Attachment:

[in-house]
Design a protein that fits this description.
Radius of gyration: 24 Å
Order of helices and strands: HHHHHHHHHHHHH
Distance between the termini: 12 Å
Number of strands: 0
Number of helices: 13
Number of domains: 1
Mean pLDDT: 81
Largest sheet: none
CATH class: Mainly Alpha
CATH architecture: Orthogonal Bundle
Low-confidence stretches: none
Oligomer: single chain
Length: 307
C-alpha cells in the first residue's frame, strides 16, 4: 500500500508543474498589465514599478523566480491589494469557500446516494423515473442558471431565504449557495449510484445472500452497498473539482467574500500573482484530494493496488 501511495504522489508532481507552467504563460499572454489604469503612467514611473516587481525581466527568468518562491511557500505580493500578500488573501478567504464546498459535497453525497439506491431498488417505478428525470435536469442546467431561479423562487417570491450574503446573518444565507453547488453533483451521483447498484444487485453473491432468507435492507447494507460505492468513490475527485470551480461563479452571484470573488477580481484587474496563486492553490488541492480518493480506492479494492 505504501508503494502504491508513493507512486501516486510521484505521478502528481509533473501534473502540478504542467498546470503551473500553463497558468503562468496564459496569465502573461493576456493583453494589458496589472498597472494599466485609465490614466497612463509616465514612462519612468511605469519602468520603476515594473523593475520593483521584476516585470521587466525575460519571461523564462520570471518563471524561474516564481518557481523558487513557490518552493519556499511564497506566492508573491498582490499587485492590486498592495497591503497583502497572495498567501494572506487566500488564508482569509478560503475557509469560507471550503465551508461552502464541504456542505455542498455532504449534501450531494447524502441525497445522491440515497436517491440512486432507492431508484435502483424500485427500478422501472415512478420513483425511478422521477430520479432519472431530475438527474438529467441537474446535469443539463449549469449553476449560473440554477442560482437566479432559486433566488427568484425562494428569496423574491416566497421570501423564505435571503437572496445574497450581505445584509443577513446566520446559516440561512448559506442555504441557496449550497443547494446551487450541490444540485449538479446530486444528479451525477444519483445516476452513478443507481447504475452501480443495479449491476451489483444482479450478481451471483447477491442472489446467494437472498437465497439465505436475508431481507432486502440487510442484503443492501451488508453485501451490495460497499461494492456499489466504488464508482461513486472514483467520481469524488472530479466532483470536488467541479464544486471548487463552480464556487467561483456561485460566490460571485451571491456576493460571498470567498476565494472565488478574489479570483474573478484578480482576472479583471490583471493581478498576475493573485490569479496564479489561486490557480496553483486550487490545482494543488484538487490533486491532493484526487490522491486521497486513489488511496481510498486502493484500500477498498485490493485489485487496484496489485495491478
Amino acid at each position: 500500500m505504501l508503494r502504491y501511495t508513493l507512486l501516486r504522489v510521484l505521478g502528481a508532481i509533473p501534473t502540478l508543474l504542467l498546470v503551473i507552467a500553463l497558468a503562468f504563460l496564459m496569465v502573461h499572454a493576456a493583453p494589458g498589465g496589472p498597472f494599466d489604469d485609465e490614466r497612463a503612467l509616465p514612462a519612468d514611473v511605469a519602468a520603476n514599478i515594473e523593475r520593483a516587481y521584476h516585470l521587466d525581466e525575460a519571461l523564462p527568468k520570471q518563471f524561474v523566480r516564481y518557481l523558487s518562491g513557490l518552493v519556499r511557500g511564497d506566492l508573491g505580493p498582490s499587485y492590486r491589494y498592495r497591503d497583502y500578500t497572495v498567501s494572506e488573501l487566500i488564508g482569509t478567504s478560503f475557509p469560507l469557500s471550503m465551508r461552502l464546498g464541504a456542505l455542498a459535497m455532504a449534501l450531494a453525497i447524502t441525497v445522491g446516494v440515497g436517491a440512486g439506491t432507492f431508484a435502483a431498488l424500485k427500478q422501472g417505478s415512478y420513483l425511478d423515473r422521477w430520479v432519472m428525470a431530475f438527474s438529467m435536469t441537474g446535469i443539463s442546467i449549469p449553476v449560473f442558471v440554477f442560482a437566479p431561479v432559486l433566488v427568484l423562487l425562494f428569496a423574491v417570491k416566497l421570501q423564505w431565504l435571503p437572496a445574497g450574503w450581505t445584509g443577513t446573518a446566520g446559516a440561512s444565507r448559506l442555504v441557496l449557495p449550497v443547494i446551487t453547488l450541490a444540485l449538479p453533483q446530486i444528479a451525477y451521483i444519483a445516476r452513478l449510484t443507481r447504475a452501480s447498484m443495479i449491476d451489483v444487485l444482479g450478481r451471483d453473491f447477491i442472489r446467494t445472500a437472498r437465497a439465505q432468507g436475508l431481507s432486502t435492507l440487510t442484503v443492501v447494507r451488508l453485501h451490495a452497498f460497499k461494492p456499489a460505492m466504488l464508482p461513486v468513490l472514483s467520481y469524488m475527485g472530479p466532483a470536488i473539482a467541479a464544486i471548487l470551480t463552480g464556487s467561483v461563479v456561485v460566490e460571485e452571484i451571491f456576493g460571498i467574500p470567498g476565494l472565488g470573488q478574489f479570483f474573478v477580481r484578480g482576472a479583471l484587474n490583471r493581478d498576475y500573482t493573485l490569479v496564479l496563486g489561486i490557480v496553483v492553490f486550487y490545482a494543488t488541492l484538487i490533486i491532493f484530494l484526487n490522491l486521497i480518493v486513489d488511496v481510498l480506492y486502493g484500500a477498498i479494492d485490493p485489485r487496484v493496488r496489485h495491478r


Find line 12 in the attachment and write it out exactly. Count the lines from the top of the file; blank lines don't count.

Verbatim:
CATH architecture: Orthogonal Bundle